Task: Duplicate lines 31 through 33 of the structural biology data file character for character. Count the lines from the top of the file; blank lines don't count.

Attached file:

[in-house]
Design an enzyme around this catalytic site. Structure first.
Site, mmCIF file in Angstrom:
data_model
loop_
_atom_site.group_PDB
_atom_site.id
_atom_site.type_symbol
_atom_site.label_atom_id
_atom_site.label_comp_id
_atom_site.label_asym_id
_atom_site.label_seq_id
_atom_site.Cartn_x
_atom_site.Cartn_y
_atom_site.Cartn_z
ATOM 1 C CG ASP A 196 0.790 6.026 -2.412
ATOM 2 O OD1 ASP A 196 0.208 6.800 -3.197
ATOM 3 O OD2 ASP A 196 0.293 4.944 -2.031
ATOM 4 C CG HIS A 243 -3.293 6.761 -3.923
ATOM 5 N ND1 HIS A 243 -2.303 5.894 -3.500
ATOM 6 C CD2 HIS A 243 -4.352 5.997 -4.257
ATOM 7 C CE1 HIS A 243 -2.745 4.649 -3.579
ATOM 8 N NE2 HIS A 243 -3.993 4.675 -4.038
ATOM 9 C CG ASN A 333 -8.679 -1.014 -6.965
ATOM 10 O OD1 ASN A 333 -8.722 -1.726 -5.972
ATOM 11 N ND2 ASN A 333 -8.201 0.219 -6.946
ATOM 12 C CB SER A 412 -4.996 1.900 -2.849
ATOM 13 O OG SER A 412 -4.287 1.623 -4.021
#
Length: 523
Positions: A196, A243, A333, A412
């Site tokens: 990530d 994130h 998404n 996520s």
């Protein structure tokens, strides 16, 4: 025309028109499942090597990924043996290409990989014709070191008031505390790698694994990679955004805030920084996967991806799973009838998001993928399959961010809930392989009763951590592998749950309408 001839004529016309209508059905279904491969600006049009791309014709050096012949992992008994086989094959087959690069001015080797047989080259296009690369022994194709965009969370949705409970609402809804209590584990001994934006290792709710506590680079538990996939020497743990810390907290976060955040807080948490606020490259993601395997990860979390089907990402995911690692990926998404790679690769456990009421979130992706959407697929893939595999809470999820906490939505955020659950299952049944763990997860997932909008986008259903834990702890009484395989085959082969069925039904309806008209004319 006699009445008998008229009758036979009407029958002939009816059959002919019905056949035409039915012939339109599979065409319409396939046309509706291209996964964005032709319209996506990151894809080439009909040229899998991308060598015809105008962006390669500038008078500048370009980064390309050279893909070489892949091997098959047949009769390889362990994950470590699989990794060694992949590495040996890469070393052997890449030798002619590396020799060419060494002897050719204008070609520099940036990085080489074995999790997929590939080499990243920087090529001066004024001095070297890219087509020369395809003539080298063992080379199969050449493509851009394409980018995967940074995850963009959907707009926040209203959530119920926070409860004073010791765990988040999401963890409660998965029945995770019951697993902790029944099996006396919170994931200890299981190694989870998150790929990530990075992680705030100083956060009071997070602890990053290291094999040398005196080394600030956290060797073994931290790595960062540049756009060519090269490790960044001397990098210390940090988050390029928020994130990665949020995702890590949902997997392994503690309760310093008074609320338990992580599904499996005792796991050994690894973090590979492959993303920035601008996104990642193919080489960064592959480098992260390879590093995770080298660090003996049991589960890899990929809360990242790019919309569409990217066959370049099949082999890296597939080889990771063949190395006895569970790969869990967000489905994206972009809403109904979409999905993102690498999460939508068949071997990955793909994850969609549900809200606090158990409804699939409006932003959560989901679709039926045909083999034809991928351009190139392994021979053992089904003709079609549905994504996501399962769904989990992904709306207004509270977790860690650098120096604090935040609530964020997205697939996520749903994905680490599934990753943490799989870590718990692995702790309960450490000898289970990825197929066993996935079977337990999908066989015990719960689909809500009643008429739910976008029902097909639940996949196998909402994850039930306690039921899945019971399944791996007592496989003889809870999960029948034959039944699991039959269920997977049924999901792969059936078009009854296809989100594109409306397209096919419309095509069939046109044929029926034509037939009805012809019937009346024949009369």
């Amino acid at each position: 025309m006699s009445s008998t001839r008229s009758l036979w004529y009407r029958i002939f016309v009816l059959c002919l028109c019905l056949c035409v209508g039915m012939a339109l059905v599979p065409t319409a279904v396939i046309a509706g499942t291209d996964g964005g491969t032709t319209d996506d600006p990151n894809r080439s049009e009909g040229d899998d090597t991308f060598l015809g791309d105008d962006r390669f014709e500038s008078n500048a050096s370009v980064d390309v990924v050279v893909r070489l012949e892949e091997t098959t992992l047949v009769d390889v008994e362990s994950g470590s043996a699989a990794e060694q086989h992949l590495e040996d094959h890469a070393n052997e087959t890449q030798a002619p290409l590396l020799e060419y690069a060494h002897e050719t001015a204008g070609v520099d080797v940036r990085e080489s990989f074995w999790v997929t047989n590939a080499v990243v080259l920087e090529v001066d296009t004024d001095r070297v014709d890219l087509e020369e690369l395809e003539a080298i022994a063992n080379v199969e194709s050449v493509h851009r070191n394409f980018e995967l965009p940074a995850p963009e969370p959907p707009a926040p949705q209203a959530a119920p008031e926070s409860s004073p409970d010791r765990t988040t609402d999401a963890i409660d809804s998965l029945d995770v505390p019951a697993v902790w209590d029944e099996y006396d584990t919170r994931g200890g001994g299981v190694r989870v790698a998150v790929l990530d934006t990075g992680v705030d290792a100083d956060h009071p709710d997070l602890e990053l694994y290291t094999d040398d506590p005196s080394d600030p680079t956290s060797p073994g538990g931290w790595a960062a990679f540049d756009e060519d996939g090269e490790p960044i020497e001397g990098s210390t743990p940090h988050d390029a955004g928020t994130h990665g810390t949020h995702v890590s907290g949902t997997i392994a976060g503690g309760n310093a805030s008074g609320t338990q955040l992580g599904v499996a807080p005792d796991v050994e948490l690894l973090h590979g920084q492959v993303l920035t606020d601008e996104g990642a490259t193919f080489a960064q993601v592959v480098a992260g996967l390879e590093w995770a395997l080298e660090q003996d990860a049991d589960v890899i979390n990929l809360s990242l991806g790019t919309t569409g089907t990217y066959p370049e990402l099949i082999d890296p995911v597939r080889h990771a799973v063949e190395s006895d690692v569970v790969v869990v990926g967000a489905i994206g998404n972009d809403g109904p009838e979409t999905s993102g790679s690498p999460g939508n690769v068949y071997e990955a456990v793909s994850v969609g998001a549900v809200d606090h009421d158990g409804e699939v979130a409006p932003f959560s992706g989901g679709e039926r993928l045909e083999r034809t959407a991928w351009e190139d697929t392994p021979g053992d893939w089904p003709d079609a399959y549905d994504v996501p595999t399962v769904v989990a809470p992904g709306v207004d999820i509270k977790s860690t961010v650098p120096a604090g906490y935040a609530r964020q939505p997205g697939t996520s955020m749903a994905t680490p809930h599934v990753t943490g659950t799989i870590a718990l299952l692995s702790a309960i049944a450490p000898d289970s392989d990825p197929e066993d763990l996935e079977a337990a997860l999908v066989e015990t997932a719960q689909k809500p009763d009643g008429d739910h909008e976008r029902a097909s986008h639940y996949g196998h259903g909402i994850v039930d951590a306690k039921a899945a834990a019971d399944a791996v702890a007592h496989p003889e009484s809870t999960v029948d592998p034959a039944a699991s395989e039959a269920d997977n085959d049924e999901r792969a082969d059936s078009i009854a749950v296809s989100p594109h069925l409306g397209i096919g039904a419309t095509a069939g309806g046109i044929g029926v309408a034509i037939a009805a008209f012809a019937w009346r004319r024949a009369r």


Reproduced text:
Positions: A196, A243, A333, A412
């Site tokens: 990530d 994130h 998404n 996520s």
């Protein structure tokens, strides 16, 4: 025309028109499942090597990924043996290409990989014709070191008031505390790698694994990679955004805030920084996967991806799973009838998001993928399959961010809930392989009763951590592998749950309408 001839004529016309209508059905279904491969600006049009791309014709050096012949992992008994086989094959087959690069001015080797047989080259296009690369022994194709965009969370949705409970609402809804209590584990001994934006290792709710506590680079538990996939020497743990810390907290976060955040807080948490606020490259993601395997990860979390089907990402995911690692990926998404790679690769456990009421979130992706959407697929893939595999809470999820906490939505955020659950299952049944763990997860997932909008986008259903834990702890009484395989085959082969069925039904309806008209004319 006699009445008998008229009758036979009407029958002939009816059959002919019905056949035409039915012939339109599979065409319409396939046309509706291209996964964005032709319209996506990151894809080439009909040229899998991308060598015809105008962006390669500038008078500048370009980064390309050279893909070489892949091997098959047949009769390889362990994950470590699989990794060694992949590495040996890469070393052997890449030798002619590396020799060419060494002897050719204008070609520099940036990085080489074995999790997929590939080499990243920087090529001066004024001095070297890219087509020369395809003539080298063992080379199969050449493509851009394409980018995967940074995850963009959907707009926040209203959530119920926070409860004073010791765990988040999401963890409660998965029945995770019951697993902790029944099996006396919170994931200890299981190694989870998150790929990530990075992680705030100083956060009071997070602890990053290291094999040398005196080394600030956290060797073994931290790595960062540049756009060519090269490790960044001397990098210390940090988050390029928020994130990665949020995702890590949902997997392994503690309760310093008074609320338990992580599904499996005792796991050994690894973090590979492959993303920035601008996104990642193919080489960064592959480098992260390879590093995770080298660090003996049991589960890899990929809360990242790019919309569409990217066959370049099949082999890296597939080889990771063949190395006895569970790969869990967000489905994206972009809403109904979409999905993102690498999460939508068949071997990955793909994850969609549900809200606090158990409804699939409006932003959560989901679709039926045909083999034809991928351009190139392994021979053992089904003709079609549905994504996501399962769904989990992904709306207004509270977790860690650098120096604090935040609530964020997205697939996520749903994905680490599934990753943490799989870590718990692995702790309960450490000898289970990825197929066993996935079977337990999908066989015990719960689909809500009643008429739910976008029902097909639940996949196998909402994850039930306690039921899945019971399944791996007592496989003889809870999960029948034959039944699991039959269920997977049924999901792969059936078009009854296809989100594109409306397209096919419309095509069939046109044929029926034509037939009805012809019937009346024949009369």